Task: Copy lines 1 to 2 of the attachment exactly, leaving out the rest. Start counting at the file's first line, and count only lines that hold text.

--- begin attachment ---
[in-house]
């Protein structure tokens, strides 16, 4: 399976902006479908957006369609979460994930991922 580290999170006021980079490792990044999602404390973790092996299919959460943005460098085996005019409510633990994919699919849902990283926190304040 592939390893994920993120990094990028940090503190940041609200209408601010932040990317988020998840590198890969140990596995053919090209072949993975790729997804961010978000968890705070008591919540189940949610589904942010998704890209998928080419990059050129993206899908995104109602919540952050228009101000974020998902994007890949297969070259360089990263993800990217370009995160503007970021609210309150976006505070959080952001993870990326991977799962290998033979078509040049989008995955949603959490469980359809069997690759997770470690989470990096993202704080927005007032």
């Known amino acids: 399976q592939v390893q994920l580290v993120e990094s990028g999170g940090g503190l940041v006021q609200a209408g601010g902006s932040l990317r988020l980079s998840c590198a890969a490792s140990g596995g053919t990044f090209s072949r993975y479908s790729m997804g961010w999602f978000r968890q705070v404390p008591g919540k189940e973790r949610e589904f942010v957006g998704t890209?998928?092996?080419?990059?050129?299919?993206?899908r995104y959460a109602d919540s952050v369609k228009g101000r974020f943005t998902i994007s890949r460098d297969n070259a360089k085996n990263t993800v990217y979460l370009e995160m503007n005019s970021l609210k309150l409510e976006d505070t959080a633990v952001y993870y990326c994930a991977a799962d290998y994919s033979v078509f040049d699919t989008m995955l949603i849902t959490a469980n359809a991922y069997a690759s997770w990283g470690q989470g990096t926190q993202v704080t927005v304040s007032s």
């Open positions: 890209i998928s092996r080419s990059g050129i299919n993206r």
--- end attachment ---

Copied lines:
[in-house]
């Protein structure tokens, strides 16, 4: 399976902006479908957006369609979460994930991922 580290999170006021980079490792990044999602404390973790092996299919959460943005460098085996005019409510633990994919699919849902990283926190304040 592939390893994920993120990094990028940090503190940041609200209408601010932040990317988020998840590198890969140990596995053919090209072949993975790729997804961010978000968890705070008591919540189940949610589904942010998704890209998928080419990059050129993206899908995104109602919540952050228009101000974020998902994007890949297969070259360089990263993800990217370009995160503007970021609210309150976006505070959080952001993870990326991977799962290998033979078509040049989008995955949603959490469980359809069997690759997770470690989470990096993202704080927005007032």